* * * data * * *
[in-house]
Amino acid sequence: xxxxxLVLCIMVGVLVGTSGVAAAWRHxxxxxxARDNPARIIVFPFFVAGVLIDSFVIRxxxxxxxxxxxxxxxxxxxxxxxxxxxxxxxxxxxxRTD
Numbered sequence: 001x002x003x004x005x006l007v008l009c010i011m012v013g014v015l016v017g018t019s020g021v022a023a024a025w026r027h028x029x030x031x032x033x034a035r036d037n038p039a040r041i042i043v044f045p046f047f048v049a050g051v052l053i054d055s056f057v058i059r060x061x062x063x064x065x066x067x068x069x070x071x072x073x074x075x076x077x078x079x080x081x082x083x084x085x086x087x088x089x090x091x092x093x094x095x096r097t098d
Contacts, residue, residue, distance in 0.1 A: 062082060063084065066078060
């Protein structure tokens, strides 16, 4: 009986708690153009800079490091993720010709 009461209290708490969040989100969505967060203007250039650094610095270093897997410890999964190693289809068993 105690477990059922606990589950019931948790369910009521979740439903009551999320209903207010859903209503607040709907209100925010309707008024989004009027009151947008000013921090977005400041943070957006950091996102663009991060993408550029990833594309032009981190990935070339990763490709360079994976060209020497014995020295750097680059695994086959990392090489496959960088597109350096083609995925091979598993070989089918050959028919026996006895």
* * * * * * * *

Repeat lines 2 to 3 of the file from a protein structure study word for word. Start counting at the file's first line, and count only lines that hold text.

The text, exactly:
Amino acid sequence: xxxxxLVLCIMVGVLVGTSGVAAAWRHxxxxxxARDNPARIIVFPFFVAGVLIDSFVIRxxxxxxxxxxxxxxxxxxxxxxxxxxxxxxxxxxxxRTD
Numbered sequence: 001x002x003x004x005x006l007v008l009c010i011m012v013g014v015l016v017g018t019s020g021v022a023a024a025w026r027h028x029x030x031x032x033x034a035r036d037n038p039a040r041i042i043v044f045p046f047f048v049a050g051v052l053i054d055s056f057v058i059r060x061x062x063x064x065x066x067x068x069x070x071x072x073x074x075x076x077x078x079x080x081x082x083x084x085x086x087x088x089x090x091x092x093x094x095x096r097t098d